'Iconic' southern resident killer whale in dire condition off Vancouver Island
Researchers with the Orca Behavior Institute in Washington state say a well-known southern resident killer whale was seen in poor condition earlier this week.
The "iconic" male orca, K21, was spotted off the southern tip of Vancouver Island in the Race Rocks Marine Protected Area by a whale-watching vessel on Wednesday.
According to the Orca Behavior Institute, the orca, also known as Cappuccino, appeared emaciated and in poor health. His dorsal fin was also collapsed which can be a sign of illness, according to the institute.
"Cappuccino is one of the best-known southern residents, easily identifiable by his check-mark shaped saddle patches and a notch in his tall dorsal fin," said Monika Shields, director of the Orca Behavior Institute, in a release Friday.
Shields says Wednesday's sighting was a disheartening development after dozens of orcas were spotted in the Salish Sea on Tuesday, after being noticeably absent from their usual summer hunting ground for more than 100 days.
Shields adds that 35-year-old Cappuccino made it well into adulthood, which can be rare for the endangered southern residents.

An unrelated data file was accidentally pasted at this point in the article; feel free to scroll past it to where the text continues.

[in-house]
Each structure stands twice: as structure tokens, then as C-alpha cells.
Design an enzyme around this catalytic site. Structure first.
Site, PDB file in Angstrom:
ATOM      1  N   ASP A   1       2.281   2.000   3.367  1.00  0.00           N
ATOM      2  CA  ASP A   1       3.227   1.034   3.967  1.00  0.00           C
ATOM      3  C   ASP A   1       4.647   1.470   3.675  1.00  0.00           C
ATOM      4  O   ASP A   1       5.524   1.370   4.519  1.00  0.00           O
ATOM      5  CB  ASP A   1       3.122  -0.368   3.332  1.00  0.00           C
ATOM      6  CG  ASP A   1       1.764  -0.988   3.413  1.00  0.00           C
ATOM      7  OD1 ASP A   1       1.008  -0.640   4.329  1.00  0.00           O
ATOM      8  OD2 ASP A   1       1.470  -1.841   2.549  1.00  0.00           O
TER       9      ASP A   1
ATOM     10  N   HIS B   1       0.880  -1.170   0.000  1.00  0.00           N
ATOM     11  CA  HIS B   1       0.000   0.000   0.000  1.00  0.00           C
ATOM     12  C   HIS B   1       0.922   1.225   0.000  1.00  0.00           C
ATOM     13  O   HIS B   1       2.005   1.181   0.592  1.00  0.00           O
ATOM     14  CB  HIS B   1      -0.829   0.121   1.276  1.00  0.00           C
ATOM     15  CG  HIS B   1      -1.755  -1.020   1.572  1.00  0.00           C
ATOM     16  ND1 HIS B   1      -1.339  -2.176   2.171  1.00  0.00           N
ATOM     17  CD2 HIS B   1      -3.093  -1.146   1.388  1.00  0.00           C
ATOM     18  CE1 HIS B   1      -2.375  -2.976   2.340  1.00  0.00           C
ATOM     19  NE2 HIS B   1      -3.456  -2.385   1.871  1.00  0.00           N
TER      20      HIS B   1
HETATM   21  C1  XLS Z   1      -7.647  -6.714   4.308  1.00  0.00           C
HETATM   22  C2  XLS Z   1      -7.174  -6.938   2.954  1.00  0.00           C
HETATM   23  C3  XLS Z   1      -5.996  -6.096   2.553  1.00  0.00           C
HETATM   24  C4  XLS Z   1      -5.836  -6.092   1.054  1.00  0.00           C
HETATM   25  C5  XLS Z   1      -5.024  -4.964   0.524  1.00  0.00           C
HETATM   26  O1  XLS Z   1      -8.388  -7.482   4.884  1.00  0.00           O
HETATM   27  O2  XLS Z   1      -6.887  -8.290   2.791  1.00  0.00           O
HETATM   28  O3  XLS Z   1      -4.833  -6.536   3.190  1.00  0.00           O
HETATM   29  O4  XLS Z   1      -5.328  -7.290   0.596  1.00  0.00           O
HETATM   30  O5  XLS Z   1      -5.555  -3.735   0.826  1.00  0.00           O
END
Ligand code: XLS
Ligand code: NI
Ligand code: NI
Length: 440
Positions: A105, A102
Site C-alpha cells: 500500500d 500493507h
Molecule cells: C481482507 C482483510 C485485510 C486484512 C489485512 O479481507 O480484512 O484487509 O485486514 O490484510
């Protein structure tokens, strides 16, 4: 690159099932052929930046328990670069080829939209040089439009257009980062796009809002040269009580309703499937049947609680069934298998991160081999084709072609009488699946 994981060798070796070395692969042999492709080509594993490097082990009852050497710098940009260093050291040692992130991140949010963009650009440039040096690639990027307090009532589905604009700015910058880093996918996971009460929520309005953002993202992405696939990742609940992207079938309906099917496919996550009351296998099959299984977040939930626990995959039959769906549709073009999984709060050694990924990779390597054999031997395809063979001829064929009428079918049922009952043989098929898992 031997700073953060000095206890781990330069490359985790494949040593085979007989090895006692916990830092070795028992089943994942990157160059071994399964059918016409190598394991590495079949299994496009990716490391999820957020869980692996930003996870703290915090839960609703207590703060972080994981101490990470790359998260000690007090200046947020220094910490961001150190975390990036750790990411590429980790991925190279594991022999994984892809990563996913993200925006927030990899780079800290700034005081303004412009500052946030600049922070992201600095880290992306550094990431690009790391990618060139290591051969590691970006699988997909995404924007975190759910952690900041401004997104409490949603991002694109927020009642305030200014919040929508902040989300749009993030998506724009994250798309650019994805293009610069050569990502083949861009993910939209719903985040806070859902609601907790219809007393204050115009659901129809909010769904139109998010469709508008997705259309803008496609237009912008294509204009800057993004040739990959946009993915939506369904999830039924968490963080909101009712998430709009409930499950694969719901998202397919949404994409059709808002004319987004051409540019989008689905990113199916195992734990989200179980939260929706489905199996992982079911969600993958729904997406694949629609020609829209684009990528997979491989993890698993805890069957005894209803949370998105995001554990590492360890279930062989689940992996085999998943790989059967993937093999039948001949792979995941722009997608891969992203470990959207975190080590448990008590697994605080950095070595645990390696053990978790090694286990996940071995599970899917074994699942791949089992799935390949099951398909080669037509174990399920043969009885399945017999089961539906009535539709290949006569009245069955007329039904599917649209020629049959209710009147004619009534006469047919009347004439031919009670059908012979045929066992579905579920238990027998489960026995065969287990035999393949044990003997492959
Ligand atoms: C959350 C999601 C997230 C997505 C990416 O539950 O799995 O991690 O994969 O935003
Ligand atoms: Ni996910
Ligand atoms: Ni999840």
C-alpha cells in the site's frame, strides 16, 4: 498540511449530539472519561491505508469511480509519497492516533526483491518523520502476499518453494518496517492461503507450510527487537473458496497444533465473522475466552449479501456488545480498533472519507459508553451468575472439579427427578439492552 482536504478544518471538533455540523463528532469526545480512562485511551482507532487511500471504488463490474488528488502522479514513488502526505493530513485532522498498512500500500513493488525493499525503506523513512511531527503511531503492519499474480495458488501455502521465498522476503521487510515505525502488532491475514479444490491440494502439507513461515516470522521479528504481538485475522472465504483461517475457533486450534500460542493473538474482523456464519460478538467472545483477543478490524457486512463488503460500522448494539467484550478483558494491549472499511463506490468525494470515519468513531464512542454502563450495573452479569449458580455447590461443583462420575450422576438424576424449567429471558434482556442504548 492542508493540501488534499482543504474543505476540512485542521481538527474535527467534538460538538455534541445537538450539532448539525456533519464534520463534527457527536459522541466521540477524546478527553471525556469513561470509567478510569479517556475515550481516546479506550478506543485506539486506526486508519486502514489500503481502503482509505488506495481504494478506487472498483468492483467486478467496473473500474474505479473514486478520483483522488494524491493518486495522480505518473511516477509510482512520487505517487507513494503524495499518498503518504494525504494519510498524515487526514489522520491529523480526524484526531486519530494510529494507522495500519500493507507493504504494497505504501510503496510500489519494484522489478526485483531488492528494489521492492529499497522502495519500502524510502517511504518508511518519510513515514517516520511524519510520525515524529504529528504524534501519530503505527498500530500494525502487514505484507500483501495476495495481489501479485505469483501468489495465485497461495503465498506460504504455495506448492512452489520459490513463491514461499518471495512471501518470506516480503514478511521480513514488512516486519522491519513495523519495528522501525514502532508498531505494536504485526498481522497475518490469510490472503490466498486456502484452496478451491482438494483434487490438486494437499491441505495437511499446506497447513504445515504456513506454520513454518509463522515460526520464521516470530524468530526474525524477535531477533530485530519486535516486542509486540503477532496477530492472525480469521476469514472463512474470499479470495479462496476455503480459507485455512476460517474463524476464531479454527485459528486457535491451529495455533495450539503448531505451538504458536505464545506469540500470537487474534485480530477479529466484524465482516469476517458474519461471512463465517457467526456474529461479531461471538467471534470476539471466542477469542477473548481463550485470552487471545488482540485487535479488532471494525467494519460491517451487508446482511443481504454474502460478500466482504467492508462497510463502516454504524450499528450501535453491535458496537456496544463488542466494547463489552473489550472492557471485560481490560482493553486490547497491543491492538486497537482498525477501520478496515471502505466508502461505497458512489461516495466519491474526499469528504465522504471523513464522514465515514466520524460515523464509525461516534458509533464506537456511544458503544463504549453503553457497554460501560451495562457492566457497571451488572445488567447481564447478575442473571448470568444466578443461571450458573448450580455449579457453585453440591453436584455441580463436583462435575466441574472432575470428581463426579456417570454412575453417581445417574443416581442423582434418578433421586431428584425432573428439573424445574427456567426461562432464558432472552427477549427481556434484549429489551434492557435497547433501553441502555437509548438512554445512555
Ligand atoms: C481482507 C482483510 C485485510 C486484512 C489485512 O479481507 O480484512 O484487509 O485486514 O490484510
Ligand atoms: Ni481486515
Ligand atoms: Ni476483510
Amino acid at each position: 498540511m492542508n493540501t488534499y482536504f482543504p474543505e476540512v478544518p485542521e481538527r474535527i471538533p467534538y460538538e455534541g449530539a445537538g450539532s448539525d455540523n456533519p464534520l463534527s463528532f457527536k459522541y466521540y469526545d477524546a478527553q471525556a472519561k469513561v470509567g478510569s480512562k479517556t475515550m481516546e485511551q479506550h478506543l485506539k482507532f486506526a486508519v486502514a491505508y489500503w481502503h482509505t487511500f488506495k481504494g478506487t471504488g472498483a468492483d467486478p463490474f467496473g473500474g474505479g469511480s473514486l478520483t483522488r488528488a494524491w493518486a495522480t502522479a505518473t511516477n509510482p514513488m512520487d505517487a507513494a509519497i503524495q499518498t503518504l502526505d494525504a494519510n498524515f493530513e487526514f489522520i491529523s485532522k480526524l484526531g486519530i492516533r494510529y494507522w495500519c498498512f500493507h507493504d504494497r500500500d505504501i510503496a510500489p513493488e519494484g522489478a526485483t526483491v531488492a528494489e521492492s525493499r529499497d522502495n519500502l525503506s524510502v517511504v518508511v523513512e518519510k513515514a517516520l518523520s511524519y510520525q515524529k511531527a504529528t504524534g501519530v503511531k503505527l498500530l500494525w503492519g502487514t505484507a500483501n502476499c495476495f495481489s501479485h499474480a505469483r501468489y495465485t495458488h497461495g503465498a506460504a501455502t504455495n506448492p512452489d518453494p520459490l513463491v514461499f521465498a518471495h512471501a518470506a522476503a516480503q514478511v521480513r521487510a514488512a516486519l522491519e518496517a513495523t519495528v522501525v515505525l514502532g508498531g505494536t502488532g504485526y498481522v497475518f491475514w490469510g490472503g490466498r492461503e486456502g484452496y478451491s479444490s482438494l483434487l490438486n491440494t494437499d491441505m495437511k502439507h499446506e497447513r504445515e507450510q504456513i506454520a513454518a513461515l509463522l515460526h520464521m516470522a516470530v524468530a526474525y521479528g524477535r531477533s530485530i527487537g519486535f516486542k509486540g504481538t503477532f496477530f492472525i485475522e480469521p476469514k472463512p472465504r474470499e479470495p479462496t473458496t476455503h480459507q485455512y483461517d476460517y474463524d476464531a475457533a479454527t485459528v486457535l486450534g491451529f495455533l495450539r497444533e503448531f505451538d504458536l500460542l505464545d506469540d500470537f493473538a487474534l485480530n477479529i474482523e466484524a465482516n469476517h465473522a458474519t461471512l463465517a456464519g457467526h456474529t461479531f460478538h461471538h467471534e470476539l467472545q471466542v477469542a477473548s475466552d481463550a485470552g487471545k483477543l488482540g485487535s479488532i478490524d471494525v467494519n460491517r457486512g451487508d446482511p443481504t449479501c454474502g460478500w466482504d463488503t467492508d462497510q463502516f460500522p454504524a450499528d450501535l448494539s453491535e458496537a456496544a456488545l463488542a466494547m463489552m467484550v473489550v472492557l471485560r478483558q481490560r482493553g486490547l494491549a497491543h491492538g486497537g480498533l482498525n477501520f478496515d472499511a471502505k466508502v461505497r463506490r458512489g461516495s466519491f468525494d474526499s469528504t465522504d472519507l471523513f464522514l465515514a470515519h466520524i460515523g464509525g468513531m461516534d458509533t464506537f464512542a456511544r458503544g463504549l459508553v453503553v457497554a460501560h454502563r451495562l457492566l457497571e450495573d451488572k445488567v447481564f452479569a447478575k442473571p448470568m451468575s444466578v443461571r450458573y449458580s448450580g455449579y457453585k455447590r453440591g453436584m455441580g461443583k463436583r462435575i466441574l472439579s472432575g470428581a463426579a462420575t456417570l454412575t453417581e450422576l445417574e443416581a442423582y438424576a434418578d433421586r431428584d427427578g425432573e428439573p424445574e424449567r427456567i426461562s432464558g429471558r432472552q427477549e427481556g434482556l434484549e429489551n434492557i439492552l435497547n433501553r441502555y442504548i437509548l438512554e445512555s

"The average life expectancy of a male resident killer whale is about 30 years," Shields said. "It’s never easy to lose one of these whales, but it’s even worse when they aren’t living a complete life. K21 at least had that."
Cappuccino did not have any remaining immediate family members, according to the Orca Behavior Institute. However, he had been "adopted" by another adult female, K16 Opus. Researchers say the pair would regularly travel together.
When Cappuccino was last seen on Wednesday, researchers say he was several miles behind the rest of his pod.
"Some speculate he was left behind, while others suggest he may have chosen to be alone in this moment," said the Orca Behavior Institute.
Researchers say that southern resident killer whales sometimes gather in the Salish Sea to mark the birth or death of an orca.
"We will never know for sure why they all came here now, or how they made the decision of whether or not to be with K21 at this time," said Shields.
"While there are many similarities between us and them, whale culture is not human culture. I trust them to handle these difficult moments in the way that is right for them," she said.
Shields says the images taken of Cappuccino on Wednesday do not show any obvious signs of a ship strike or other external wounds.
Researchers say a Fisheries and Oceans Canada team is now trying to find the orca to examine his condition.
"While clearly malnourished, we cannot say for sure what contributed to his severe physical decline – illness, lack of food, or most likely some combination of factors," said the Orca Behavior Institute.